When Phoebe Troup-Galligan started rock climbing the summer before seventh grade, it was only because her dad happened to have a Groupon coupon for Bridges Rock Gym in El Cerrito. By the time Troup-Galligan ran out of discounted sessions, she was hooked. After trying a slew of traditional sports — softball, tennis, volleyball, swimming, soccer — climbing was what clicked.
Troup-Galligan grew up in Berkeley and was able to seamlessly transition from high school to college when she started at Cal — a conscious decision allowing her to maximize her training. Now a junior, she follows a relentless training regime, carefully balanced with the rigor of UC Berkeley academics.
She climbs five days a week and typically trains two sessions per day, including strength and cardio workouts, rotating between Berkeley Ironworks, Bridges Rock Gym and San Francisco’s Dogpatch Boulders and Mission Cliffs. Her climbing has even taken her to Ecuador, where she competed in the Youth Pan-American Championships.
“I like training a lot,” Troup-Galligan said. “I really just enjoy … pushing myself just as much as I can.”
But according to Troup-Galligan, the difference between a good climber and a great climber is made outside of the gym. She credits this realization to a “mentality shift” she had near the end of high school after a severely disappointing competition sent her back to the drawing board.
Only a month later, in a competition against a highly talented field, her performance improved astronomically. Between these two competitions, her training regimen remained virtually the same. She credits her improvement to a series of sports psychology books on mindset and flow state.
“I wasn’t stronger. I just read books,” Troup-Galligan said.
The best climbers might not be those with the strongest grip or agile feet — instead, it may be those who’ve honed the strongest mentality for maneuvering up the wall.
“I’m training hard year-round. But I don’t think those are the things that make a difference. ’Cause everyone’s training really hard. And everyone is really strong, Troup-Galligan said. “At a certain point, it’s not how strong you are. It’s your mentality.”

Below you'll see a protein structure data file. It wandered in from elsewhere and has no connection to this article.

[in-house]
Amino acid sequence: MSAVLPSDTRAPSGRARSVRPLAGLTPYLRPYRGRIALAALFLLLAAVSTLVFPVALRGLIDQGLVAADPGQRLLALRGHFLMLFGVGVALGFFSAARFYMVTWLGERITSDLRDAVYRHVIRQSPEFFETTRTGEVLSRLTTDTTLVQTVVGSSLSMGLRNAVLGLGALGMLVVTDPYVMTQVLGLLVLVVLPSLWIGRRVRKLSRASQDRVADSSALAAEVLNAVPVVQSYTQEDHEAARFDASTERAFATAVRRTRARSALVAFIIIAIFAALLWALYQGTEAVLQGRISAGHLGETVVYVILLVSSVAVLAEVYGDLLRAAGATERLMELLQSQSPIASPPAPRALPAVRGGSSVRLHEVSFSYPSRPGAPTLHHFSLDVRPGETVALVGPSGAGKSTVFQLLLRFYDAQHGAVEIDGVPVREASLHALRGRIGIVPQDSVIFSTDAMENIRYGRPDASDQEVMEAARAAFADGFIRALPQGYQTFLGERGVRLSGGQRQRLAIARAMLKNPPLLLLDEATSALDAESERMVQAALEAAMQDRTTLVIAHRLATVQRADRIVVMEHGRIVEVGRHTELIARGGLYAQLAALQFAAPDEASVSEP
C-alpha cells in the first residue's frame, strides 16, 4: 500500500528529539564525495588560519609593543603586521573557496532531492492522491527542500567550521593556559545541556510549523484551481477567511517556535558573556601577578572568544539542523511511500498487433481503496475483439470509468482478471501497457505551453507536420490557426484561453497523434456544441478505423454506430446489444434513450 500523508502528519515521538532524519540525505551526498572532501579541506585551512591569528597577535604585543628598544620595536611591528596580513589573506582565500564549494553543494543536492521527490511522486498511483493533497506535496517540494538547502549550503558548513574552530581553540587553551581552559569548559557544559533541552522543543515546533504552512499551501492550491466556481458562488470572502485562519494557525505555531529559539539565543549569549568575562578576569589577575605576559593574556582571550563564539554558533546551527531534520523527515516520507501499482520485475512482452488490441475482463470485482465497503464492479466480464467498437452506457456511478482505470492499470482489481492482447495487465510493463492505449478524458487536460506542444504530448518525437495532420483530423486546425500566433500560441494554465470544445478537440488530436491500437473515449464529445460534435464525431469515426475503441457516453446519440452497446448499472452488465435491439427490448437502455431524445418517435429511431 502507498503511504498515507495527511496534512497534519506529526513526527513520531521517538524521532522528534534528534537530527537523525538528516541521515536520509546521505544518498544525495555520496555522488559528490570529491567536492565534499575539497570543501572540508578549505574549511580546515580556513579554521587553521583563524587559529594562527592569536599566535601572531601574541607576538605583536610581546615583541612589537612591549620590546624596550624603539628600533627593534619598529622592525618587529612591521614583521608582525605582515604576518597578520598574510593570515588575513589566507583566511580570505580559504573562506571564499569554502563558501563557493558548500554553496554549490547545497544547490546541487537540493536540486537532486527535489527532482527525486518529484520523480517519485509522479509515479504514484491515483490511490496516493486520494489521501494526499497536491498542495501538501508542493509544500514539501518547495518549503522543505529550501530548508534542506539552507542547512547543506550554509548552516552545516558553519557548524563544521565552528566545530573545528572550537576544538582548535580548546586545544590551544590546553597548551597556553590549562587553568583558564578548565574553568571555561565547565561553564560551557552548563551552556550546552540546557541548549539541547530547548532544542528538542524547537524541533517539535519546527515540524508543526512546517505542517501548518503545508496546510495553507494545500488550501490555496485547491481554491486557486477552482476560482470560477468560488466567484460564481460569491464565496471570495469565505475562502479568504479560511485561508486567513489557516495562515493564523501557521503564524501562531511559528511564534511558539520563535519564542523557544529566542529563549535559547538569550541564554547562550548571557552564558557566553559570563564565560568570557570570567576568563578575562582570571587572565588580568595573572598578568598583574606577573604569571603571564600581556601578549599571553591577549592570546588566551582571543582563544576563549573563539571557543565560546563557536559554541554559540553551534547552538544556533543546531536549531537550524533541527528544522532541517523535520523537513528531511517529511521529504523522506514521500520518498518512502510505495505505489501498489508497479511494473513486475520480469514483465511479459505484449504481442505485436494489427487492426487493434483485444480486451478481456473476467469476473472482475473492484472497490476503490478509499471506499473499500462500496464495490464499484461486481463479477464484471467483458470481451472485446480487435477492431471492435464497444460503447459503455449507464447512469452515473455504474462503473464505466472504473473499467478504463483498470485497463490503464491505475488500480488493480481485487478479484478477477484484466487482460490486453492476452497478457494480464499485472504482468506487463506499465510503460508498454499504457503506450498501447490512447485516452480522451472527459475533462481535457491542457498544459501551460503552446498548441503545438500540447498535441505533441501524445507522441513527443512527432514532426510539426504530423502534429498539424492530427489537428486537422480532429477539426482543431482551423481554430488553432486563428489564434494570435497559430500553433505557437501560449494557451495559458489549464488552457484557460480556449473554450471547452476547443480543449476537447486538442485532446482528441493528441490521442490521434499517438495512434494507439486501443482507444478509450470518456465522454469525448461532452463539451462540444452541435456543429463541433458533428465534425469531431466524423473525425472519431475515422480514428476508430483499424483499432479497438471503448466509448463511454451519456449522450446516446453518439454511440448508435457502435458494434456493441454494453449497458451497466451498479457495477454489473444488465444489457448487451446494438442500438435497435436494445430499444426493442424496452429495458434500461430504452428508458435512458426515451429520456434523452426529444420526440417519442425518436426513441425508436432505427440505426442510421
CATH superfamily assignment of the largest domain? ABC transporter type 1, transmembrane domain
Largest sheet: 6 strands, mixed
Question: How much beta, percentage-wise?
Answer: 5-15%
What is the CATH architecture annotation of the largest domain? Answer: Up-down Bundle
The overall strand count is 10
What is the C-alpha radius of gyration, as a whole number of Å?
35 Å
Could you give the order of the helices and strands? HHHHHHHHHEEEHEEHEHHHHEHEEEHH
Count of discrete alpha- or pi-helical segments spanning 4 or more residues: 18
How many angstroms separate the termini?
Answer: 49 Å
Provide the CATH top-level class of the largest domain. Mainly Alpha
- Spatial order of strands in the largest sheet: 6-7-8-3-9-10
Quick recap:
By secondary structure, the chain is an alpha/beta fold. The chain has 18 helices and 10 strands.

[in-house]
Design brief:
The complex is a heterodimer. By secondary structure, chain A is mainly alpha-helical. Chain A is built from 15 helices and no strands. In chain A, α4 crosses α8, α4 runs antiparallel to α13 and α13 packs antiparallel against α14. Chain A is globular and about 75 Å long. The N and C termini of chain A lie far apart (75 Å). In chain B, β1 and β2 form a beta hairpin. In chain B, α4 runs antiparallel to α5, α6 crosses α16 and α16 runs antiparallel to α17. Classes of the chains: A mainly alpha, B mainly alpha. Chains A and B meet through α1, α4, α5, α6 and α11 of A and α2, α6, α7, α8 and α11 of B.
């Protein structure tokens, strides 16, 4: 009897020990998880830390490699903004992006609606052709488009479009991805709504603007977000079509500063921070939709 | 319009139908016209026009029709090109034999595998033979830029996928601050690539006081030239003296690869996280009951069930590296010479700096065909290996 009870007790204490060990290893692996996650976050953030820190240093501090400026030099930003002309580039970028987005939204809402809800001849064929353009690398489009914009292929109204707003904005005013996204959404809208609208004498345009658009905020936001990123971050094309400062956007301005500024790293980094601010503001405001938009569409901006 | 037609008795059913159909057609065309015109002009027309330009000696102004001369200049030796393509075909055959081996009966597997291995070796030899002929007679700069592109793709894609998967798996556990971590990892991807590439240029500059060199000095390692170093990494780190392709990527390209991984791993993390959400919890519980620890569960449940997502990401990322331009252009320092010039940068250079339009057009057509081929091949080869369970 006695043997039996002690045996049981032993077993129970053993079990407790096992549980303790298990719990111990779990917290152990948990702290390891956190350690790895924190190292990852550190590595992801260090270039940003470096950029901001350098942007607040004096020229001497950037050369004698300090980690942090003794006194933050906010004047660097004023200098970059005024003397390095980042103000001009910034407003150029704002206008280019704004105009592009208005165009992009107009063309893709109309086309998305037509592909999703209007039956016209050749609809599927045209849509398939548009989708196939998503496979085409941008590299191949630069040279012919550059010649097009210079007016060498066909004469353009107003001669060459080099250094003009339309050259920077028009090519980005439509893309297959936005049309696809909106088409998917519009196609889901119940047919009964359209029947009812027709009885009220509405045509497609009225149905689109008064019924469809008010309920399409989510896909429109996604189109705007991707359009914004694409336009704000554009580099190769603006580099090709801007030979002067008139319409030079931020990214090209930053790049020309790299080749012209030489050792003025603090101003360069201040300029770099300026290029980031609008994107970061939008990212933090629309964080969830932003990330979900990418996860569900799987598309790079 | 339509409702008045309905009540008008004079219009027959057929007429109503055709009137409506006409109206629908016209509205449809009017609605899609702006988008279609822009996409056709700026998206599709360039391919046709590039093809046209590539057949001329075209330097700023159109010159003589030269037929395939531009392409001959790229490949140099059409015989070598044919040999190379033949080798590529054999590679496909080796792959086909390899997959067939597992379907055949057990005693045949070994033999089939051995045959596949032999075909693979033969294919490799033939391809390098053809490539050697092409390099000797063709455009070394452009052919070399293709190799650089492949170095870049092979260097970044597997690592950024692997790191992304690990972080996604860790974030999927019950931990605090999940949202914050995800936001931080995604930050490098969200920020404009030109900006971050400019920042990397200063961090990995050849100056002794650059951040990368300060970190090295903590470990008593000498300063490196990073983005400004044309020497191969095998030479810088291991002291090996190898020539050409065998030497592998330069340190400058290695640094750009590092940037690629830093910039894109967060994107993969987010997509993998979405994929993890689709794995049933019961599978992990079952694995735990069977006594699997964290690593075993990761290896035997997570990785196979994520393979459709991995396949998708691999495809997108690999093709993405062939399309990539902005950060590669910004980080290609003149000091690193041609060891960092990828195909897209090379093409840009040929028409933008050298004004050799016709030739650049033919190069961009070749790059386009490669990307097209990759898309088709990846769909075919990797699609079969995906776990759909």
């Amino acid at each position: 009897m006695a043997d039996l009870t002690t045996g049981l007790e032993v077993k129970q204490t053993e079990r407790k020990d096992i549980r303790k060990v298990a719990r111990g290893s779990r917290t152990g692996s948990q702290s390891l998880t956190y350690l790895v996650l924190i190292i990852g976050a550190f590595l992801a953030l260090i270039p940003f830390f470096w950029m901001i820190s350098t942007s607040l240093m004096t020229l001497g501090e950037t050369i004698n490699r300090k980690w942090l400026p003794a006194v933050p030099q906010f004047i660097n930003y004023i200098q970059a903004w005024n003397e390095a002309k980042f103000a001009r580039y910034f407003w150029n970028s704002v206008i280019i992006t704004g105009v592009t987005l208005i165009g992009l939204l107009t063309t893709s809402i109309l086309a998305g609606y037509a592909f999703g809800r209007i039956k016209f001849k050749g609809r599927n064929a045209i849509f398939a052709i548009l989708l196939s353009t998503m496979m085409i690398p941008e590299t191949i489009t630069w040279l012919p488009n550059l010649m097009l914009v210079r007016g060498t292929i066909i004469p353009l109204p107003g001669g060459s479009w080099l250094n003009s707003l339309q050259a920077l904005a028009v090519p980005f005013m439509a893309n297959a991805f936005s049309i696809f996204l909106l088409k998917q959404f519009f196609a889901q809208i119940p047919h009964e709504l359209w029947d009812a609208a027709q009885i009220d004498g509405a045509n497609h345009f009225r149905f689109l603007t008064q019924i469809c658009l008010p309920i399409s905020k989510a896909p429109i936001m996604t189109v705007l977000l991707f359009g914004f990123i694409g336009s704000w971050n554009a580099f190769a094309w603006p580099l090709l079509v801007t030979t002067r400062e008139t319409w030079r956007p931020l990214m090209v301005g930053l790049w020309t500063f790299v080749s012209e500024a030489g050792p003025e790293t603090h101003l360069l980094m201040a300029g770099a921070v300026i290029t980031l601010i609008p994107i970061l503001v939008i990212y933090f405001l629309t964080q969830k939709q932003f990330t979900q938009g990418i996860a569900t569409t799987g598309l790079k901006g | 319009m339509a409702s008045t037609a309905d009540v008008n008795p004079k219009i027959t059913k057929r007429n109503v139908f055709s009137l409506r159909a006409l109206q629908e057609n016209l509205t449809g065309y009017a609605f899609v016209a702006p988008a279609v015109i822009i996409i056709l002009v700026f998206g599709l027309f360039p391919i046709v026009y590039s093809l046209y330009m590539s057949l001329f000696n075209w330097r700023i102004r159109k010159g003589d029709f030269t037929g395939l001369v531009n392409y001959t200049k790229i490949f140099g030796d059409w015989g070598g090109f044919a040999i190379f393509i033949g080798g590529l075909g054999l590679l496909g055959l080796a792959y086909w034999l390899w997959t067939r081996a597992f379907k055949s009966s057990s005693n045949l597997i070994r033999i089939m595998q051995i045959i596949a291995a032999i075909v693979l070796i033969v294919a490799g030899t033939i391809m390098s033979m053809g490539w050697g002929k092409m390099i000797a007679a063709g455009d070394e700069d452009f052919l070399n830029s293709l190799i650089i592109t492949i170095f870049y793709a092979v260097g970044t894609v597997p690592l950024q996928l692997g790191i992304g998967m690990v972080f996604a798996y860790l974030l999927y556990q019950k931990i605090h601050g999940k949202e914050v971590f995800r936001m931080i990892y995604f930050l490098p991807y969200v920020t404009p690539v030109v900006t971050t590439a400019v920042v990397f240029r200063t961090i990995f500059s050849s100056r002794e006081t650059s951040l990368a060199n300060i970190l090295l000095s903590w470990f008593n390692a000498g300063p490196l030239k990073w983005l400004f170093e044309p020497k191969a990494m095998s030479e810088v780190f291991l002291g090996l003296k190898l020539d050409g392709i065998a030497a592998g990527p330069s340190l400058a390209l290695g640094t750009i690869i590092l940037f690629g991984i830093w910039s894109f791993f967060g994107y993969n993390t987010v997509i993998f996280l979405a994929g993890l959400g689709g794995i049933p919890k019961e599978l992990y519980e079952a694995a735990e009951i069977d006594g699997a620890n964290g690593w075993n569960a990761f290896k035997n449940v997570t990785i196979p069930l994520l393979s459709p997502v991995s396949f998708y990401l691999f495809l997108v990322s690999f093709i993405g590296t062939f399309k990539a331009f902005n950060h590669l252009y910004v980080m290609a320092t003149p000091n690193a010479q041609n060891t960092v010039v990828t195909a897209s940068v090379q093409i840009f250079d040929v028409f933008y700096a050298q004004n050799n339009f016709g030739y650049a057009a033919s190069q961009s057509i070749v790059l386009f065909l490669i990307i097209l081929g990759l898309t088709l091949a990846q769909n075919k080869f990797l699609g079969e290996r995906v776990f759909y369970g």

Practice allows athletes to foster confidence in their abilities so that they don’t doubt their skills under pressure. To hone her competitive edge, Troup-Galligan has discovered an additional tactic: journaling.
She regularly writes positive affirmations in her journal, reading and rereading them before making her competition attempt.
“If you can believe it, you’re more likely to do it,” Troup-Galligan said. “My best competitions, I was just reading notes that I’d written myself that were just hyping me up.”
Sports psychology echoes this sentiment: The most competitive athletes are often those who can enter the “flow state” — a feeling of energized focus, full involvement and content.
Troup-Galligan is also a student of meditation. She took the “Meditation and Mindfulness” DeCal last spring and tries to implement these practices daily.
Harnessing tools such as journaling and meditation allows athletes to reach the flow state. In the sport of climbing, this can mean the difference between success and failure, literally topping out or falling off the wall.
“It’s mostly a mindset thing,” Troup-Galligan said. “If you think you’re going to fall, you probably will.”
Throughout the fall semester, Troup-Galligan will continue to pursue a degree in computer science — piecing together bits of code is not too different from puzzling through a challenging boulder problem.
“You can be really creative with (climbing),” Troup-Galligan said. “There’s not always one way to do something. I feel like I can always figure out my own way.”
Troup-Galligan recently became the vice president of Cal Climbing, UC Berkeley’s student climbing organization, and she plans to continue to work toward her long-term dream of making an international U.S. climbing team. Without the glory that comes with being a Cal Division I athlete, Troup-Galligan relies on a love for climbing and competition to keep her motivated through the slog of being a student and a competitive athlete at UC Berkeley.
“Most days, I’m enjoying myself,” she said.